What do Warren Buffett, George Soros and a computer have in common? Turns out, a lot.
At least that’s the view of AQR Capital Management, the program-driven investment firm whose founders made their names finding the math behind investment success. A new paper, which isn’t publicly available, posits that a lot of the gains reaped by the legendary managers over time were, in theory, available to anyone using a handful of buy-and-sell signals known to quantitative analysts.
Take Buffett and his Berkshire Hathaway Inc., with its average annual return of 17.6 percent since 1977, twice as much as the S&P 500. AQR analysts claim that had you been able to take Buffett’s investment pronouncements and let computers build quantitative portfolios around them, you could’ve generated about two-thirds of that outperformance on your own.
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It’s the latest entry in a Wall Street discussion about how skill combines with luck to explain how active managers perform, a debate that has taken added urgency amid the ascent of passive funds. AQR has a dog in the fight. Factor investing has helped fueled its growth, along with spurring a crush of cheaper mutual funds and smart-beta ETFs tied to things like value and momentum.
AQR compared Buffett’s and Soros’s returns with portfolios automatically tuned to investment styles deemed consistent with their philosophies, and found the computers did a fair job of replicating the humans. The paper can be seen as part of a larger effort to promote a version of money management that sometimes seems to defy explanation: How rejiggering stock indexes to emphasize characteristics like low volatility and price momentum is similar to what star investors do.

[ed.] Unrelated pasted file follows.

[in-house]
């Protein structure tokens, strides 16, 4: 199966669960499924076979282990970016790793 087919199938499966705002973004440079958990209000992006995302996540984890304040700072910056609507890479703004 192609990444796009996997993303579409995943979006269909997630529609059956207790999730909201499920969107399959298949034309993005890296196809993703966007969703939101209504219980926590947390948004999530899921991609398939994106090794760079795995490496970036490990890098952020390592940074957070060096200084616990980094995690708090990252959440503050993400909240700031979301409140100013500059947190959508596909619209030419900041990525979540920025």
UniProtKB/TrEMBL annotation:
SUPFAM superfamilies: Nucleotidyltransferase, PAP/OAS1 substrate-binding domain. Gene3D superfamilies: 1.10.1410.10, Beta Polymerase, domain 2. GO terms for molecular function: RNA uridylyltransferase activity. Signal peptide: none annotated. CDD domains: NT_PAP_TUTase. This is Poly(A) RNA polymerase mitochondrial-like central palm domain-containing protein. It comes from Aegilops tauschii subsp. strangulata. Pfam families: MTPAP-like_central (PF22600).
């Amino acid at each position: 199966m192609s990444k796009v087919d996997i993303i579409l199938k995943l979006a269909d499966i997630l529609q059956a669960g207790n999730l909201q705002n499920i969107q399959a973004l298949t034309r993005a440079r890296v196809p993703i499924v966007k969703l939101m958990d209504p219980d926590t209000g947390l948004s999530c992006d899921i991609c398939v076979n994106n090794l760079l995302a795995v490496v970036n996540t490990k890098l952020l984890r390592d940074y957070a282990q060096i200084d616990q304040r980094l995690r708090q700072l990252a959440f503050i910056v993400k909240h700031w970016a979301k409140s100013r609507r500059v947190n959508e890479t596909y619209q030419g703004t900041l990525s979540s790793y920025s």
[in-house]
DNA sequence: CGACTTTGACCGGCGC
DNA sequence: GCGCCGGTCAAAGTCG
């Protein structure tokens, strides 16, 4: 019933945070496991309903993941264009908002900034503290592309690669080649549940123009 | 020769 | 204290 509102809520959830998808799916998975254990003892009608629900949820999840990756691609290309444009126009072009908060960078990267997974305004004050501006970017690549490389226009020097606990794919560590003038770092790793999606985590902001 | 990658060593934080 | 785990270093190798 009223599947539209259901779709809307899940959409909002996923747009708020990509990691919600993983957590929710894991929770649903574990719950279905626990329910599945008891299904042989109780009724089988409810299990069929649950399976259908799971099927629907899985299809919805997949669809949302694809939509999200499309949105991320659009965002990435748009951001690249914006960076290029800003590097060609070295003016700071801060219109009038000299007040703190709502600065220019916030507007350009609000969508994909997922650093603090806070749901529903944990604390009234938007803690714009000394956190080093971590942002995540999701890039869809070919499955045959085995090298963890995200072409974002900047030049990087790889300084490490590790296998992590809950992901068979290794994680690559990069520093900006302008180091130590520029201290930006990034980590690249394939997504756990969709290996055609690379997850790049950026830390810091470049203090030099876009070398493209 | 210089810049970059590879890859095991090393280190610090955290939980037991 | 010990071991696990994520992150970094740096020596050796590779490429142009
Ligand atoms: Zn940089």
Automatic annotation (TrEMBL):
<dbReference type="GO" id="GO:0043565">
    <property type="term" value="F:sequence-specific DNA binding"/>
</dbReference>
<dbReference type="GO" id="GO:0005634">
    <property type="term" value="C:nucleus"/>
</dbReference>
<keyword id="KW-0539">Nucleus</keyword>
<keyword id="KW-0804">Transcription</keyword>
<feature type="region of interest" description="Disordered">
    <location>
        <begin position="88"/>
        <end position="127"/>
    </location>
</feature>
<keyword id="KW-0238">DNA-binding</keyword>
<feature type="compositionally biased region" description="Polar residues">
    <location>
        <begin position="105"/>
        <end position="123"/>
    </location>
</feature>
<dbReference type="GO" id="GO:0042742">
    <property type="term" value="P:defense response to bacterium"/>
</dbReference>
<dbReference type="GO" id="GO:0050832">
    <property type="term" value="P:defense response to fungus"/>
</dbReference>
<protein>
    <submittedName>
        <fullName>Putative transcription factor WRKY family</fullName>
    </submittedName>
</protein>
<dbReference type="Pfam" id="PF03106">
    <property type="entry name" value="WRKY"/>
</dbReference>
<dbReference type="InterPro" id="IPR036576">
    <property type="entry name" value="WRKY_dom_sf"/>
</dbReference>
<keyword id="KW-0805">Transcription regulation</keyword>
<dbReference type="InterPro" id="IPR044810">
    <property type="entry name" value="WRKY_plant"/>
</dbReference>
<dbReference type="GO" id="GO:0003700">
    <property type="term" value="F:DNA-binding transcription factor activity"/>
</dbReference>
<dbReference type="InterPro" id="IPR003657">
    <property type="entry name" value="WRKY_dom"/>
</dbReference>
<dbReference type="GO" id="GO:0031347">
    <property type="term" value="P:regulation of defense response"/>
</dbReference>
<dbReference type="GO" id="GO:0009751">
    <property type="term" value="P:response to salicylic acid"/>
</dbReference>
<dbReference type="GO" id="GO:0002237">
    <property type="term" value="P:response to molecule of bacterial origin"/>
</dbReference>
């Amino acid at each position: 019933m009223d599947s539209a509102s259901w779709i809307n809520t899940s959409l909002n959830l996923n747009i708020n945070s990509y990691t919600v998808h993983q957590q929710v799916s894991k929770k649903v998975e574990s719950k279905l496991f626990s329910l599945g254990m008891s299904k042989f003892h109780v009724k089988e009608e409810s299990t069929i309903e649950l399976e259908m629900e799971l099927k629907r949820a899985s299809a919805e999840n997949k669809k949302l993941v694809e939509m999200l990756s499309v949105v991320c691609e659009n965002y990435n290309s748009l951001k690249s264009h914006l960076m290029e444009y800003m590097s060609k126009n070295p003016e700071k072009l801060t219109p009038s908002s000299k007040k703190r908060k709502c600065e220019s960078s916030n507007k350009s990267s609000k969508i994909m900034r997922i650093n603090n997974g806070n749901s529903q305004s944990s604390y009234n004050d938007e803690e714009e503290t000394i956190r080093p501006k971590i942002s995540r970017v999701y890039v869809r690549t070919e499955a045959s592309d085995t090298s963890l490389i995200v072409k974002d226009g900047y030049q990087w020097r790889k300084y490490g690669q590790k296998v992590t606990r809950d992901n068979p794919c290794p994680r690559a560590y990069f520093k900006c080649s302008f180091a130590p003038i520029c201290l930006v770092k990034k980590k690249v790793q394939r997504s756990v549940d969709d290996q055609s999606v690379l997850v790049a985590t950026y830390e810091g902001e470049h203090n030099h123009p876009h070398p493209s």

“If investors want to be more Buffett-like, they don’t have to pick the exact same stocks that Buffett is picking, they just have to pick the same type of stocks,” said Dan Villalon, co-head of AQR’s U.S. portfolio solutions group. “That’s where a lot of the interest behind factors and styles is coming from.”
To be sure, the research doesn’t imply these aren’t gifted managers. Everyone knows Buffett buys cheap stocks, so the fact that the “value” factor could get you closer to his results does nothing to dim his achievement in choosing the strategy and staying with it. AQR’s point is that smart investors often succeed by doing a few things well over time, hinting that passive strategies that share their logic have a chance of keeping up.
“Though our results may seem compelling, we have the clear benefit of hindsight,” the authors said. “These great investors ‘figured it out’ first, had the ability to stick to their philosophies, and rightly deserve their reputations.”